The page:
This mode of practice of the invention is illustrated in the Examples, e.g., Example 12.

Stoichiometric ratios (mol:mol) of tin diester catalyst ranging from 0.10 to 1.50 molar equivalent (basis sucrose) have been demonstrated, producing sucrose-6-ester yields ranging from about 35% to about 80+%. Laboratory data show that, up to approximately a sucrose:DSDE ratio of about 1:1, sucrose-6-ester yields increase as the stoichiometric amount of catalyst is increased. Both 1,3-diacetoxy-1,1,3,3-tetrabutyldistannoxane (distannoxane diacetate or "DSDA") and 1,3-dibenzoyloxy-1,1,3,3-tetrabutyldistannoxane (distannoxane dibenzoate or "DSDB") have been shown to be effective catalysts.

Polar aprotic solvents which have been employed include N,N-dimethylformamide ("DMF") and N-methyl-2-pyrrolidone ("NMP"). Other suitable solvents include dimethyl sulfoxide ("DMSO"), N,N-dimethylacetamide ("DMA"), and hexamethylphosphoramide ("HMPA"). When the DSDE concentration in the reaction mixture is high, it is advantageous to add a small amount (5-20 vol %) of a hydrocarbon-like cosolvent to keep it in solution. Useful cosolvents for this purpose include toluene, benzene, mixed xylenes, cyclohexane, methyl tert-butyl ether, chloroform, and the like.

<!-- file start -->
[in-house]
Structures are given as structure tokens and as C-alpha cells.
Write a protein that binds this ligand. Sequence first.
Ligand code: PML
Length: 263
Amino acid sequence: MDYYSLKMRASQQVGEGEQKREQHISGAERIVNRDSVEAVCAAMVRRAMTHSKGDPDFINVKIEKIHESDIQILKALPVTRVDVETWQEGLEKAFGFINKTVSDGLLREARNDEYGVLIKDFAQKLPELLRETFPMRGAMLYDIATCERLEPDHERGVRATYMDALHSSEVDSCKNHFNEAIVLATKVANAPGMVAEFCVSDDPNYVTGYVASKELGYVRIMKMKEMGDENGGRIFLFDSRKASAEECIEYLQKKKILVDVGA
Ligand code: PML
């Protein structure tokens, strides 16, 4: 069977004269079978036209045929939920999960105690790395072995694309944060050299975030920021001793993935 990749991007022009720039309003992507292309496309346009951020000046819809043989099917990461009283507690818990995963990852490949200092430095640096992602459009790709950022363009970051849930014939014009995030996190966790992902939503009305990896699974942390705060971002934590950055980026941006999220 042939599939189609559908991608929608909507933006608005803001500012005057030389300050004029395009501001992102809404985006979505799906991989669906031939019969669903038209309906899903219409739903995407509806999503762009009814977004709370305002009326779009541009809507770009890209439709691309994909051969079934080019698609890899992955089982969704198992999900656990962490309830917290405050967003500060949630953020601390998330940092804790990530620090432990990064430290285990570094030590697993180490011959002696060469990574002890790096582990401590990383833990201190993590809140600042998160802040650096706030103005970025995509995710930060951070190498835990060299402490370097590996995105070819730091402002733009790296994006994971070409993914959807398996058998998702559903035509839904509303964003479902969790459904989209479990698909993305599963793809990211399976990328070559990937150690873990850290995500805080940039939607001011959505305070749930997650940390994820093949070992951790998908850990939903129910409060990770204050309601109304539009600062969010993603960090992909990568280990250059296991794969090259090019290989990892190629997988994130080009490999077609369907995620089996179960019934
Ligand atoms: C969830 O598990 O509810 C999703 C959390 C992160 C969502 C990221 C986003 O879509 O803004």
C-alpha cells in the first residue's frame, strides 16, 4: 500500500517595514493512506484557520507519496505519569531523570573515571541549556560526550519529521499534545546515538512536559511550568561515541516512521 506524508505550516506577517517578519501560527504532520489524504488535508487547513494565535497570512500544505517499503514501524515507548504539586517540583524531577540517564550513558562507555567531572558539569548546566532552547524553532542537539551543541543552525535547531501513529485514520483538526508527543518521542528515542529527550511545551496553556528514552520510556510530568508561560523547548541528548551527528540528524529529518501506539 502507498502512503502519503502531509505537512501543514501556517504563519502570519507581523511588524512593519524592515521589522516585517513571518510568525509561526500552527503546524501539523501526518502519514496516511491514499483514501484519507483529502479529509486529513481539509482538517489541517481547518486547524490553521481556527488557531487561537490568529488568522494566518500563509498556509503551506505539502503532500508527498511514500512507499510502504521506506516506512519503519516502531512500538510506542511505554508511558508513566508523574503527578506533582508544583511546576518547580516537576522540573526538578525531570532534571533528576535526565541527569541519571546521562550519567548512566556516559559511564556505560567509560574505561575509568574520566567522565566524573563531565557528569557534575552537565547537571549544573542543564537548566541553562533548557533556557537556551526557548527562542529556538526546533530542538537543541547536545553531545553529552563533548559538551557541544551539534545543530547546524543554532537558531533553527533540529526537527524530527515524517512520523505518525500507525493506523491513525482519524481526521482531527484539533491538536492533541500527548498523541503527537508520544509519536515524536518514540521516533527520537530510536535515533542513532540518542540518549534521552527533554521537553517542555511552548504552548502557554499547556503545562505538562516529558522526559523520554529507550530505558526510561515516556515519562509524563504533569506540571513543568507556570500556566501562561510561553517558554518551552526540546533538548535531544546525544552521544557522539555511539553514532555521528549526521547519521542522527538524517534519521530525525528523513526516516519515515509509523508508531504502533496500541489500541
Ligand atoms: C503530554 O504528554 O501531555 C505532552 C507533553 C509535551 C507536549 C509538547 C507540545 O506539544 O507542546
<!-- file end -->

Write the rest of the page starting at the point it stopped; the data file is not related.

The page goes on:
Stoichiometric ratios of carboxylic acid anhydride ranging from about 1.00 to about 4.00 molar equivalents (basis sucrose) have demonstrated experimental utility. Preferred stoichiometric ratios are in the range of from about 1.10 to about 1.80 molar equivalents. Stoichiometric ratios below about 1.10 molar equivalents can lead to an undesirable amount of unreacted sucrose in the final product, while ratios above about 1.80 can cause the formation of undesired sucrose diesters.